Methane drilling seen hard on crops

Methane drilling seen hard on crops

When the soil in Roger Muggli’s fields turned bad last year, damaging more than 300 acres of alfalfa, the third-generation farmer quickly named a culprit: coal-bed methane drilling along the nearby Tongue River.

Muggli’s finger-pointing has made him few friends in a region where economic development is desperately needed and future coal-bed methane production could mean hundreds of new jobs. His claims are denied by industry representatives and some federal scientists, who say a link between coal-bed methane and Muggli’s bad soil cannot be proven.

But state officials and an independent researcher warn that Muggli’s problems might be a harbinger of things to come, as the industry prepares to dramatically ramp up operations across 20 million acres in southeastern Montana.

“We knew this was coming and we wanted to prepare for it,” said Richard Opper, director of the Montana Department of Environmental Quality. “It’s definitely a wake-up call when you see the impact.”

At issue are millions of gallons of water pumped daily from coal seems to access trapped methane, or natural gas. The water, which can be loaded with salts harmful to plants or soil, is sometimes treated or used to water livestock. Other times, it is pumped directly into local stream and river drainages.

Last year, Montana adopted new water quality rules meant to protect agriculture while allowing for further coal-bed methane development.

Muggli and some other farmers say the rules don’t go far enough, while energy companies have sued to overturn them.

Meanwhile, the federal Bureau of Land Management is working on a plan to allow more than 18,000 coal-bed methane wells to be drilled in Montana over the next 20 years. About 1,000 wells already produce methane in the state.

In neighboring Wyoming, there are more than 17,000 producing wells along the Tongue and the Powder River–a number expected to more than double in coming years. Both rivers flow into Montana.

With vast sums of money at stake–starting at a projected $100 million a year in Montana and peaking at almost $3 billion annually at full production–coal-bed methane companies such as Fidelity Exploration and Production are doing their own agricultural monitoring and say their operations are benign.

They also point to federal studies showing only minor changes to water quality along the Tongue River in recent years, despite increased drilling.

“We have tried to use the best science to ensure there is protection for the irrigators on the Tongue River,” said Bruce Williams, vice president of Fidelity, a subsidiary of MDU Resources Group Inc.

Research indicates that Fidelity’s operations aren’t causing Muggli’s problems, he added. “There’s just an awful lot of data to suggest that’s not the case,” Williams said.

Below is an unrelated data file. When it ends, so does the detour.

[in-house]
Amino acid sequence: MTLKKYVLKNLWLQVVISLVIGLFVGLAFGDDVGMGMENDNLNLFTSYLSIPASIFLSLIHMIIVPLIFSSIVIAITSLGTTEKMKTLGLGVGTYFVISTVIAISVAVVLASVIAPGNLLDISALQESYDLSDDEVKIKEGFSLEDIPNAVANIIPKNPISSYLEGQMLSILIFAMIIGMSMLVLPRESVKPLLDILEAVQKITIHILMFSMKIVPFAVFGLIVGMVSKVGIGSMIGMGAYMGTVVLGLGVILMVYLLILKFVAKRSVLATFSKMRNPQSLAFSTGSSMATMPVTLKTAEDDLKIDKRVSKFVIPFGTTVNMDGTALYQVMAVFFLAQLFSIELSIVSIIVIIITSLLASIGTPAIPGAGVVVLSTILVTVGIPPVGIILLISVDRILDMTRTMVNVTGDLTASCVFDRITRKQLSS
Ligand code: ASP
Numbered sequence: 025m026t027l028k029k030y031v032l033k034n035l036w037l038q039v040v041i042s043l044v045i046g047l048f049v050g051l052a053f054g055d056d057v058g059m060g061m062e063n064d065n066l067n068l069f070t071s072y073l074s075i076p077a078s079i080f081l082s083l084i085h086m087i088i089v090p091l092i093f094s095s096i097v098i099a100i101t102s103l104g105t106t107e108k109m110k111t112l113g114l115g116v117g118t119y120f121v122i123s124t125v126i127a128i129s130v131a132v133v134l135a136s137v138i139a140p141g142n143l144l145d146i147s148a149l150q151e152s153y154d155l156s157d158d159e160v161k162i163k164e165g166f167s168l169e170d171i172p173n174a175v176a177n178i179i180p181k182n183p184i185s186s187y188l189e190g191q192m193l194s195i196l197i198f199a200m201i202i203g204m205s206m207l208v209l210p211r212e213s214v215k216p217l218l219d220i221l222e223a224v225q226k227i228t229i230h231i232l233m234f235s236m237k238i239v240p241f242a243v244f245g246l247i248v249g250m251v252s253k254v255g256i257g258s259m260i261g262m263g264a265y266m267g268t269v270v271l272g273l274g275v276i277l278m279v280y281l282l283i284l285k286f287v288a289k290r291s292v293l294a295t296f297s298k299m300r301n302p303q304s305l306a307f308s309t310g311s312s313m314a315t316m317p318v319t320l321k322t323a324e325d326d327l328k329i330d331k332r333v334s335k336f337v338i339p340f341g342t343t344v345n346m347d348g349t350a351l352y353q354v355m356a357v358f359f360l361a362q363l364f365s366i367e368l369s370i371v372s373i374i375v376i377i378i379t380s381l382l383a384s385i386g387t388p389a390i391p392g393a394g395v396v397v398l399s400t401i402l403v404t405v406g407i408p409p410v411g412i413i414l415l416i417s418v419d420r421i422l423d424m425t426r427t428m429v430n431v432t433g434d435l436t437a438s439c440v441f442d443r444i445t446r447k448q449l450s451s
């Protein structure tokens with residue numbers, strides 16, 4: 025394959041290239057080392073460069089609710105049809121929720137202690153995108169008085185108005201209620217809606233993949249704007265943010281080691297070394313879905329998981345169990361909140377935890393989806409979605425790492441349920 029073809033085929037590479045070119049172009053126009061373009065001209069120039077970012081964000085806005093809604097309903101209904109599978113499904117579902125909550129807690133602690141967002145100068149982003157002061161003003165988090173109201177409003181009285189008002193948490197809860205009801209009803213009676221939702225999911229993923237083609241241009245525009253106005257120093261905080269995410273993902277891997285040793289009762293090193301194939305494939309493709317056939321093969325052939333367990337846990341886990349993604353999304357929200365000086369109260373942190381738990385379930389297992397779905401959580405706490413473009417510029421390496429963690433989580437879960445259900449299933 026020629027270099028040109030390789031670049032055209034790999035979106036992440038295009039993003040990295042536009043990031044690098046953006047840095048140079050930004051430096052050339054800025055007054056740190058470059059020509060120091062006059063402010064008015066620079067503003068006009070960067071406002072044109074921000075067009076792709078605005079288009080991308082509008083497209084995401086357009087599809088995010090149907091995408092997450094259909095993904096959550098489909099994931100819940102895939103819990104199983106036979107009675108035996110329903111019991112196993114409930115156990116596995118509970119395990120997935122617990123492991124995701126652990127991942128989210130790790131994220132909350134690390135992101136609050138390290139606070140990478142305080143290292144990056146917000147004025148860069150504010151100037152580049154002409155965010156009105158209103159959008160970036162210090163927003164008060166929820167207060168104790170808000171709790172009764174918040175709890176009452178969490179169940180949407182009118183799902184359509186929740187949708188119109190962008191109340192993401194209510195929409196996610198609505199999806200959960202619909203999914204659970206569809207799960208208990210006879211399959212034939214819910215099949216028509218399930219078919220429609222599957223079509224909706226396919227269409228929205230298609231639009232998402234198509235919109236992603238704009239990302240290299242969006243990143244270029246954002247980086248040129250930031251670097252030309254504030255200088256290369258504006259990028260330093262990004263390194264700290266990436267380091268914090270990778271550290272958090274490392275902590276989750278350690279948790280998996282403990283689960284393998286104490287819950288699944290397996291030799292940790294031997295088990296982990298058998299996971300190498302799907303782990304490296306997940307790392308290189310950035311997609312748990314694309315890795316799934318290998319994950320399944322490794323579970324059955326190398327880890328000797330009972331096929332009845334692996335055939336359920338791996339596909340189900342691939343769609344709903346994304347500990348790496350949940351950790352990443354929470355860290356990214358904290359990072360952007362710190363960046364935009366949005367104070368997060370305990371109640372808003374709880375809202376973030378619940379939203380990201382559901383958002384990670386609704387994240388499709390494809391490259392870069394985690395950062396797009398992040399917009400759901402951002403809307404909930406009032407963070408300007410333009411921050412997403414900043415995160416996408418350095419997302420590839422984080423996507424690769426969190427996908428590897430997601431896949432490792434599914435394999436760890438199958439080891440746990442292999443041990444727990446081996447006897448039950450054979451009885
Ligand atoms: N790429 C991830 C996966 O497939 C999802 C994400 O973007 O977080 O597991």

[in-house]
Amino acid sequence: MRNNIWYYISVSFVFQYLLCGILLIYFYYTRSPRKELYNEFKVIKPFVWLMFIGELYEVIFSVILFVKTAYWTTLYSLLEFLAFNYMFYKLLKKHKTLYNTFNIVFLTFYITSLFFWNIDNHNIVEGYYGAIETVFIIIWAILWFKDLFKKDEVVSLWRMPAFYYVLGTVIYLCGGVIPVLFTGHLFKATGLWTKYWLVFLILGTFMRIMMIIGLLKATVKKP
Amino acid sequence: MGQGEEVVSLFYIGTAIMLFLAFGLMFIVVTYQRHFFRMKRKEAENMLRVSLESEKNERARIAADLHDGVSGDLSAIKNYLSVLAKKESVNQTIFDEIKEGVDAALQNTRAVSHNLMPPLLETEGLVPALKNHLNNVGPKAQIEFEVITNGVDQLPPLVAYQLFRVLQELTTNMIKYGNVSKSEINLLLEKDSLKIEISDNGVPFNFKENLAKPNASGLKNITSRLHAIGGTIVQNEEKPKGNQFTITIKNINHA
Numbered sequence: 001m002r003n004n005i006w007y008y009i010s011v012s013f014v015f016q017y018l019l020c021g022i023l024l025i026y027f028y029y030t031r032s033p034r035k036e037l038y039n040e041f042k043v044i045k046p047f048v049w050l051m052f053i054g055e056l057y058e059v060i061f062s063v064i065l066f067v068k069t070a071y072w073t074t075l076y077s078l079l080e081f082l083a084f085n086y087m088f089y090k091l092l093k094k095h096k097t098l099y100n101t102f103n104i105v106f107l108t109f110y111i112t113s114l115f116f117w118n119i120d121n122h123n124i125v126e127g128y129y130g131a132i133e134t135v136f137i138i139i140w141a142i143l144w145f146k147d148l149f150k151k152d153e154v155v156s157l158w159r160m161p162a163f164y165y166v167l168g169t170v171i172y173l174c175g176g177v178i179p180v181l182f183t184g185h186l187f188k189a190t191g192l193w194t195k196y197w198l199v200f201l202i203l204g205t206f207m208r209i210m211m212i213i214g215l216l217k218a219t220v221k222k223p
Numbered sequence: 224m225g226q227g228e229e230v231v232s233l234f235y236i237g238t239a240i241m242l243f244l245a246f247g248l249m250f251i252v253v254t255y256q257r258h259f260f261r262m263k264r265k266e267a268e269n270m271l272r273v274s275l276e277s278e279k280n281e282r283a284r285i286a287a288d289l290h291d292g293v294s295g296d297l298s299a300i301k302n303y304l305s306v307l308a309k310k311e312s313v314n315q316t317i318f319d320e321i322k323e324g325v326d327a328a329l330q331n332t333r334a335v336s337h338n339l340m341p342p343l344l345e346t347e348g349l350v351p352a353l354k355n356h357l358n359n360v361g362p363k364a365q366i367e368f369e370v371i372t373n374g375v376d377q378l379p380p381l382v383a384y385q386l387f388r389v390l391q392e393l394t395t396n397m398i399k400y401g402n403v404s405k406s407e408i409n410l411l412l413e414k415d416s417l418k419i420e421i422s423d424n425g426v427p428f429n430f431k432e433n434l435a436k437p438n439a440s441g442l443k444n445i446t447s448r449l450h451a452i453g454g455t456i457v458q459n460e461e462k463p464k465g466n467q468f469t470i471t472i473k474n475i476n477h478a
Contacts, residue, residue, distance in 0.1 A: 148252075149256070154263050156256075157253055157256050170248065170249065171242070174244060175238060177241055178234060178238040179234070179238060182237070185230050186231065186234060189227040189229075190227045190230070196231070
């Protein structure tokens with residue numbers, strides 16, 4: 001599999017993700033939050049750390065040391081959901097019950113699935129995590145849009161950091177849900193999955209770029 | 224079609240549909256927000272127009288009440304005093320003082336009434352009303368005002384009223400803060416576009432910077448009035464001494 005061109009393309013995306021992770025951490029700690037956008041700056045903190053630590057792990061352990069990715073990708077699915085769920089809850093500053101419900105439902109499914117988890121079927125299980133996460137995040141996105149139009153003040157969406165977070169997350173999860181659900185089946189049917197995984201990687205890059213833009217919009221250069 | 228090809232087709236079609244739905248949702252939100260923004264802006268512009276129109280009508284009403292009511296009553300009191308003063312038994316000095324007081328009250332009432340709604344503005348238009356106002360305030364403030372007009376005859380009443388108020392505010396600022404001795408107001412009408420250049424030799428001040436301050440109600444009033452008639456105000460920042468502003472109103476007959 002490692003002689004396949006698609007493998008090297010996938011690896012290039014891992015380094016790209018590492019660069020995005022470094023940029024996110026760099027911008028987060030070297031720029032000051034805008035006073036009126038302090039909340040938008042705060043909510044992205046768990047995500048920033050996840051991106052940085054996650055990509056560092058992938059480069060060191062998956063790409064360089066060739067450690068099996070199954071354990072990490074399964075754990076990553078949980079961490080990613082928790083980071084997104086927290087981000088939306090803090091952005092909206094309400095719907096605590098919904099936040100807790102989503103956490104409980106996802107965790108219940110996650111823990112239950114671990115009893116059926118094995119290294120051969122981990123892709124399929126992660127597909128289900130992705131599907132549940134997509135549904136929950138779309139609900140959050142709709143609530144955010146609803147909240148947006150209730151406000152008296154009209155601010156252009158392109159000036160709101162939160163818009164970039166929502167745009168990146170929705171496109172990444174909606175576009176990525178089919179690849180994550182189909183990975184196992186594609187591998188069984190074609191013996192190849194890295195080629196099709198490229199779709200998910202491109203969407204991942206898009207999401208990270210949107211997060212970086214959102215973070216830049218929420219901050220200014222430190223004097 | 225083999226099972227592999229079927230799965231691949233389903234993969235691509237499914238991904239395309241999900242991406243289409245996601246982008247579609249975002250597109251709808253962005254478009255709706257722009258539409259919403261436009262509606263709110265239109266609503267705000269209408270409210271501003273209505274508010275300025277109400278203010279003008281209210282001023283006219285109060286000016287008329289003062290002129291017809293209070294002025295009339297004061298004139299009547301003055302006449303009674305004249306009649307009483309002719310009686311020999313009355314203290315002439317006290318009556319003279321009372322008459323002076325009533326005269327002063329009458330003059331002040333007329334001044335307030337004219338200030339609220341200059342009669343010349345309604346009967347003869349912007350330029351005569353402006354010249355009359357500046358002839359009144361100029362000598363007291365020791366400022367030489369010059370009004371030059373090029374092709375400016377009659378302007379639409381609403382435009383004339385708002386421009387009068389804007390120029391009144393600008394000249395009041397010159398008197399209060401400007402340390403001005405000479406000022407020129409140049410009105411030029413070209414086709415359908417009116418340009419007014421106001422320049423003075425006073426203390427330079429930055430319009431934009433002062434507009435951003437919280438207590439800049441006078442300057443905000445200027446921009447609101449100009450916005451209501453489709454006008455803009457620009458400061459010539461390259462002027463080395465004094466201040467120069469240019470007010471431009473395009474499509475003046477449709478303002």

Up to 2 million gallons of water produced by the industry are discharged daily into the Tongue in Montana. Almost 10 times that amount is put into the Powder River upstream in Wyoming, according to the Wyoming Department of Environmental Quality.

Though coal-bed methane water contains sodium, the two rivers have naturally high levels of sodium. So gauging the industry’s impact on the river water is difficult.

Muggli said that when he used irrigation water from the Tongue last growing season, the clay-based soils in three fields were rendered useless.

When clay soil has too much sodium, it can collapse to form an impenetrable seal. With water and air unable to get through the soil, Muggli’s alfalfa turned yellow within a month.

“The only change we’ve had after irrigating with this water for 120 years is CBM (coal-bed methane),” Muggli said. “Who else am I going to blame?”

Matt Janowiak of the Bureau of Land Management said he would rule out CBM discharge water as the cause of Muggli’s problem given the distance between Fidelity’s wells and Muggli’s fields–more than 100 miles.

A study by the U.S. Geological Survey showed a slight increase in sodium levels in the Tongue River. But with the region in the midst of a prolonged drought, the group could not say whether CBM was the cause.

James Bauder, an environmental scientist at Montana State University in Bozeman, said only time will tell if Montana’s regulations are sufficient. In the meantime, he said Muggli’s predicament should be taken as a warning.

“It’s sort of like realizing the back end of the freight train has a problem and you’ve got to get all the way to the front to fix it and you can’t,” he said. “You can’t recall water in a stream and you can’t recall the impact it will have on the landscape.”


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